11. About proposition No. (1) and (2) above, there cannot be any dispute. But as regards Proposition No. (3), as this Court has discussed in Commissioner of Wealth Tax, Bihar Patna v. Maharaja Kumar Kamal Singh, if there is an asset which is subject to certain hazards including the liability of certain debts to be deducted from the said asset, then that factor would be relevant factor diminishing the market value of the asset in open market and has to be estimated taking into consideration that factor. Regarding Proposition No. (4), it may be stated that while it is a question of fact but if the Tribunal has arrived at the conclusion by taking wrong principles into consideration, then such a finding would not bind the High Court. Regarding Proposition No. (5), it may be stated that (debts may be deducted from the value of assets but the valuation of an asset has to be done in terms of Section 7(1) taking into considerations all the hazards including the possibility of an amount on account of debt being deducted from the value of the asset is a factor which will influence a prospective buyer in the open market, depending upon the facts and circumstances of each case.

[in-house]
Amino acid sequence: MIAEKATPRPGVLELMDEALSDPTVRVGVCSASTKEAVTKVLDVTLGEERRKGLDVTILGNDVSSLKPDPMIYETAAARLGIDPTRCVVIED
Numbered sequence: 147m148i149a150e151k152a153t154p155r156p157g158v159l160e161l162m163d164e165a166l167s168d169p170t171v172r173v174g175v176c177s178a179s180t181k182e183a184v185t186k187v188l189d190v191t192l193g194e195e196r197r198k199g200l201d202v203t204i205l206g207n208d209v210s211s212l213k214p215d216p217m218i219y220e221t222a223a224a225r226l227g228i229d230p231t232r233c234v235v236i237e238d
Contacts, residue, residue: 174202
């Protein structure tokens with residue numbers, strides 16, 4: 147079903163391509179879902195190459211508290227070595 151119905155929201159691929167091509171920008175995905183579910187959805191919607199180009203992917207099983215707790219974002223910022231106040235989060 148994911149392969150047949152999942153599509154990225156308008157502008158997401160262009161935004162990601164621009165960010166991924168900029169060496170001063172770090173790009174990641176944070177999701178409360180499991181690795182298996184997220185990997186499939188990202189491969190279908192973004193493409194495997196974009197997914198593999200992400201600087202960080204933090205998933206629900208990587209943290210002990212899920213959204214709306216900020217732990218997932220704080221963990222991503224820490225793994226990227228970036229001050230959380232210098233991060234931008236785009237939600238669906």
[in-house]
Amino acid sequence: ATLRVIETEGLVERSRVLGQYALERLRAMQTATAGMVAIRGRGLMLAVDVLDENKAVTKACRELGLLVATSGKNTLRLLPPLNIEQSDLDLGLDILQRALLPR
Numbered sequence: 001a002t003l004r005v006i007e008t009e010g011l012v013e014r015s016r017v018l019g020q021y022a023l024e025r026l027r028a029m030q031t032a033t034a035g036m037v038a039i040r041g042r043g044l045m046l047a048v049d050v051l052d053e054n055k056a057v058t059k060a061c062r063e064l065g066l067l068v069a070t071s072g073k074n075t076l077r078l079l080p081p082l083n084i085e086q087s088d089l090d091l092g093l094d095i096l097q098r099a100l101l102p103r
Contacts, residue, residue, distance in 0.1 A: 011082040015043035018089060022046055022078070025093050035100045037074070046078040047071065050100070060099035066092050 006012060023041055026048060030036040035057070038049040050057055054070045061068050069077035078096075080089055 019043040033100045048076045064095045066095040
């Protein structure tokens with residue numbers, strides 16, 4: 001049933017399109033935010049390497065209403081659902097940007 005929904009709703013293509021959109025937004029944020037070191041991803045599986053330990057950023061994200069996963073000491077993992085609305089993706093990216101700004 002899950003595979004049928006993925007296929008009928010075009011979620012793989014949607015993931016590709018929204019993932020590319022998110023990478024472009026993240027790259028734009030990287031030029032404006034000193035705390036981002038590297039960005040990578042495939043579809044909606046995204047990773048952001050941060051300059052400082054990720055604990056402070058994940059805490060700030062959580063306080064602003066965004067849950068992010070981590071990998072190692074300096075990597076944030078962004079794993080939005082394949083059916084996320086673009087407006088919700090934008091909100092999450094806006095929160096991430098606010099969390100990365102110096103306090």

12. In the aforesaid view of the matter, we affirm the decision of the High Court in all these points and dismiss these appeals with costs.